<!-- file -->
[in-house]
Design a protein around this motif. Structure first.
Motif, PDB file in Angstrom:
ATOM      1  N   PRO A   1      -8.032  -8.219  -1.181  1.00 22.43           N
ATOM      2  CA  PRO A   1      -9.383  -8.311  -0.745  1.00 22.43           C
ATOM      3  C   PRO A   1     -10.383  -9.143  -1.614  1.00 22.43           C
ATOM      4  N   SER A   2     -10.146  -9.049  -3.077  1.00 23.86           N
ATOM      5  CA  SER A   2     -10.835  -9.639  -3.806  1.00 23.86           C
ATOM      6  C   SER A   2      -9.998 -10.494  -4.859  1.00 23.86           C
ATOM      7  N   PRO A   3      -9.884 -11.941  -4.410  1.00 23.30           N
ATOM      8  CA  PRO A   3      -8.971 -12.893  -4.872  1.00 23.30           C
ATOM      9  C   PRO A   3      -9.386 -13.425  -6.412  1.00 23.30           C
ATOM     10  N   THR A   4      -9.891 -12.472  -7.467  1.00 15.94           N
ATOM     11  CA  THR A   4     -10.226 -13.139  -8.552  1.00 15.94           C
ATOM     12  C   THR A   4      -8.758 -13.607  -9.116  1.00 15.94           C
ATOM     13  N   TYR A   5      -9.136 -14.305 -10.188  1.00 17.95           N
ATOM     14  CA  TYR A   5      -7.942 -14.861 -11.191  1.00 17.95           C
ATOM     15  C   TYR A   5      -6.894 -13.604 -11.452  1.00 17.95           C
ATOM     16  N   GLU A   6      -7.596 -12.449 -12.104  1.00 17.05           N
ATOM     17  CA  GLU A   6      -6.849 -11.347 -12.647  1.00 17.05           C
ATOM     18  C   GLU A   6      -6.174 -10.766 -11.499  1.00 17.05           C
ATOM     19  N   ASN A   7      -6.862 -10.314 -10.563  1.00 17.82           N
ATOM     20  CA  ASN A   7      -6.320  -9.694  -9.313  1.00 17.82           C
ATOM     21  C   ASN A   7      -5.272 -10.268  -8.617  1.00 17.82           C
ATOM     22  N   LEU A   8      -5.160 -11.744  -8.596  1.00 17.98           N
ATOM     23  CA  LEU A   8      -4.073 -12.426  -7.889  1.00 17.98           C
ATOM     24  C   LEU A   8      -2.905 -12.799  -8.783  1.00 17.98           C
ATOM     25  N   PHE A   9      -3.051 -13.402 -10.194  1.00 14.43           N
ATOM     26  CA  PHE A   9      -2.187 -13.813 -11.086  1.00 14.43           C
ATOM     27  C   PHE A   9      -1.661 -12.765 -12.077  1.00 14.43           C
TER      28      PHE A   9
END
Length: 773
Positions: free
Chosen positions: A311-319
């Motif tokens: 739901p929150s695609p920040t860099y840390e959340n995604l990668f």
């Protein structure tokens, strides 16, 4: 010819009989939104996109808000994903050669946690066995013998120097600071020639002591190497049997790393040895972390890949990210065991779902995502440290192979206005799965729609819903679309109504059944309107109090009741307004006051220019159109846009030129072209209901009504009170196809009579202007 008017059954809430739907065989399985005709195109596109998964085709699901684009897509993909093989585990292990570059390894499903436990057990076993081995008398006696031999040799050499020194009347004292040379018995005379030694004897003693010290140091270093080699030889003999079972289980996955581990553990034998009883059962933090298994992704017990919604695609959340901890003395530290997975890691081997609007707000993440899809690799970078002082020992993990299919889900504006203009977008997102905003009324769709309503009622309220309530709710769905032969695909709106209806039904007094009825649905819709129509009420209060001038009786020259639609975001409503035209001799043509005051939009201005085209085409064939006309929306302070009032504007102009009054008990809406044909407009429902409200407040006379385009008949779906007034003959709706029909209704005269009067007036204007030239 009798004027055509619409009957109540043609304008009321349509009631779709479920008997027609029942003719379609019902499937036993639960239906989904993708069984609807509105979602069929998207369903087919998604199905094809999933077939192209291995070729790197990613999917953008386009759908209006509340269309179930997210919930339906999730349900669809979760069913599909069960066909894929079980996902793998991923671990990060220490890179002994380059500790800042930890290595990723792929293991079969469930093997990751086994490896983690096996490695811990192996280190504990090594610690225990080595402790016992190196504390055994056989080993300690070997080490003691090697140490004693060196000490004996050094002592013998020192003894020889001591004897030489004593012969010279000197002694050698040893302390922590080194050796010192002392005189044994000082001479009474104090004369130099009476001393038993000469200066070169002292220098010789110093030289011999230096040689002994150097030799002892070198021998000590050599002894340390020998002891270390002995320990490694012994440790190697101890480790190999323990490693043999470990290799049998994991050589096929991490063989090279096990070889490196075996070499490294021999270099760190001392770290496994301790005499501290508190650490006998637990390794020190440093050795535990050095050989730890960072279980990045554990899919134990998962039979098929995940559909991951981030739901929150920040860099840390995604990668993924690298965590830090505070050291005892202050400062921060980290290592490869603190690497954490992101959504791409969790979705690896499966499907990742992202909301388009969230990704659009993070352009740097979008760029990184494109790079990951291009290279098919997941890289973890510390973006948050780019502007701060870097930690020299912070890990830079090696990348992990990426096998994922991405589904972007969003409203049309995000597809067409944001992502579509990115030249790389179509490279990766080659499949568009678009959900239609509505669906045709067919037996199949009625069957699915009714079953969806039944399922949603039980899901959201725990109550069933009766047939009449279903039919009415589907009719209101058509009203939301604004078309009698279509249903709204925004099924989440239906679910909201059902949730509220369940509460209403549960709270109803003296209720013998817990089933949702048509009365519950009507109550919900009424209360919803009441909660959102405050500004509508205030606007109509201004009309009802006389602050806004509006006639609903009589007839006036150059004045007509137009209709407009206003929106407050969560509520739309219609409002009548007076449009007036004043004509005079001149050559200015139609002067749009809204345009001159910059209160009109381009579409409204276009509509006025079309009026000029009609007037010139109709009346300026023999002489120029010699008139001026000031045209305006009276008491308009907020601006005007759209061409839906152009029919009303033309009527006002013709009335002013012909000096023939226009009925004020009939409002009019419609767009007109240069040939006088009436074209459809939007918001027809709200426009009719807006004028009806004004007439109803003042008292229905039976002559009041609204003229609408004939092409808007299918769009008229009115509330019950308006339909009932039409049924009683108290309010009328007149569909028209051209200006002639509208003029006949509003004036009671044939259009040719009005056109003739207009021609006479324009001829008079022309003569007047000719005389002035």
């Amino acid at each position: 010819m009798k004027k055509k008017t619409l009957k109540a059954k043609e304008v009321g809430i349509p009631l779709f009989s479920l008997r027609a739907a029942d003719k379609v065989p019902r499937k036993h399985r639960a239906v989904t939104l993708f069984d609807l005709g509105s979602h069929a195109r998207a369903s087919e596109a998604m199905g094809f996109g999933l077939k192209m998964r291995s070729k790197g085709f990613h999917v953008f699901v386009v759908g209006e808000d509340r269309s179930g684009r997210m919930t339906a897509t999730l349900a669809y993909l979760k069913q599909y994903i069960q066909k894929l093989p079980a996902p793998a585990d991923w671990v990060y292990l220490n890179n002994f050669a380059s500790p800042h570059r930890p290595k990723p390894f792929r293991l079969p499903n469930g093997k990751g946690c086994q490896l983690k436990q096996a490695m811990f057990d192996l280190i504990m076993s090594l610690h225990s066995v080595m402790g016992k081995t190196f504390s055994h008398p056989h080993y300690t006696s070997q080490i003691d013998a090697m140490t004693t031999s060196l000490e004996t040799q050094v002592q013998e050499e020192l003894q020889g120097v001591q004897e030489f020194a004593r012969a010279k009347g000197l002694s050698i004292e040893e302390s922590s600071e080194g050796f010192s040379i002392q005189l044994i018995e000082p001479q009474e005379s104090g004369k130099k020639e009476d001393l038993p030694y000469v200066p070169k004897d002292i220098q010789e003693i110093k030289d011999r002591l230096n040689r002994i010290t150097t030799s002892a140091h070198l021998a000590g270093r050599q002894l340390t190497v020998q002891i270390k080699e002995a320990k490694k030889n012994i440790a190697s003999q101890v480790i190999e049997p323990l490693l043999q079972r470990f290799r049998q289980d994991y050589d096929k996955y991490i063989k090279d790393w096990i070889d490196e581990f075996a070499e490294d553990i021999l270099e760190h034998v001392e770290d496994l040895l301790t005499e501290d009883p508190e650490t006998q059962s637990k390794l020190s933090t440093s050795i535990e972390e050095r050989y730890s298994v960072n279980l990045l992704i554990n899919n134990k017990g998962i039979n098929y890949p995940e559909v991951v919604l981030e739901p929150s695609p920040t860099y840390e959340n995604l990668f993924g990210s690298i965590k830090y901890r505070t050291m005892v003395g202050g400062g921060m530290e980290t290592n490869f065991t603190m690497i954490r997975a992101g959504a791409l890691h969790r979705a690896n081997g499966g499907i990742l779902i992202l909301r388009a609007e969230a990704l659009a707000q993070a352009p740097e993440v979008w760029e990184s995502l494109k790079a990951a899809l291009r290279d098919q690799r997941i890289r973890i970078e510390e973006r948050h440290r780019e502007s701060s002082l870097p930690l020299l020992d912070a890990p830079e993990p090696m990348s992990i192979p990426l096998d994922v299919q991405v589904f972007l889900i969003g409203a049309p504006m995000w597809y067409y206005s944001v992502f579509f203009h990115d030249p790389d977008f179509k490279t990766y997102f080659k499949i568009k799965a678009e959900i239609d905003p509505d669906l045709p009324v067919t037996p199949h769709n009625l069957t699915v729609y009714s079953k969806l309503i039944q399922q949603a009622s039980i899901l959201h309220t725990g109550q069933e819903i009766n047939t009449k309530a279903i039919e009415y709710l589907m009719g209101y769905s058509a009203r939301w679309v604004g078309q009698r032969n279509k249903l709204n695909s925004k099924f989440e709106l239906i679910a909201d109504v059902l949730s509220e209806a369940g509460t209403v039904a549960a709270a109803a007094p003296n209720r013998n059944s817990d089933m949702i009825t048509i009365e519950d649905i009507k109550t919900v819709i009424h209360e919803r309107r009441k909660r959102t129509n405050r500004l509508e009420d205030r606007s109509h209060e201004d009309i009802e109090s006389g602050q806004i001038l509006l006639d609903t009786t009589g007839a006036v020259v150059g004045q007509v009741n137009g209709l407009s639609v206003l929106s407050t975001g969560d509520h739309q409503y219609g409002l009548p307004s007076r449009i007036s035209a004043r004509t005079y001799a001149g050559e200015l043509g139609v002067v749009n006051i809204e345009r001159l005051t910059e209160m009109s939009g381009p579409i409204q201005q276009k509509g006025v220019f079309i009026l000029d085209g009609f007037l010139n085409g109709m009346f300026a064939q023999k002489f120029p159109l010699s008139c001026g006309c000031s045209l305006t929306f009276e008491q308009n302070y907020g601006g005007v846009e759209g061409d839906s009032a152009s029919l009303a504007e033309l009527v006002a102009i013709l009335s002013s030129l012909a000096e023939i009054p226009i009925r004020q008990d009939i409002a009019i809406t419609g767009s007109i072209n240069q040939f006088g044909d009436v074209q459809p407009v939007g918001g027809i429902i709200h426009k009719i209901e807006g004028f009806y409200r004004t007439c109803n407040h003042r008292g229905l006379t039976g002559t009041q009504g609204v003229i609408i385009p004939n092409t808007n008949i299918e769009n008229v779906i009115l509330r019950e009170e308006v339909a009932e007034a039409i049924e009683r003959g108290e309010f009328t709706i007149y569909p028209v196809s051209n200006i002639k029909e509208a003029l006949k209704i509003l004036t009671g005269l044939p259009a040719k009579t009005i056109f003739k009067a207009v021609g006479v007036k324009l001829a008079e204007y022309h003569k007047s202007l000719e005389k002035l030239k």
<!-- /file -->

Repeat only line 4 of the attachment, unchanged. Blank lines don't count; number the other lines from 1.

ATOM      1  N   PRO A   1      -8.032  -8.219  -1.181  1.00 22.43           N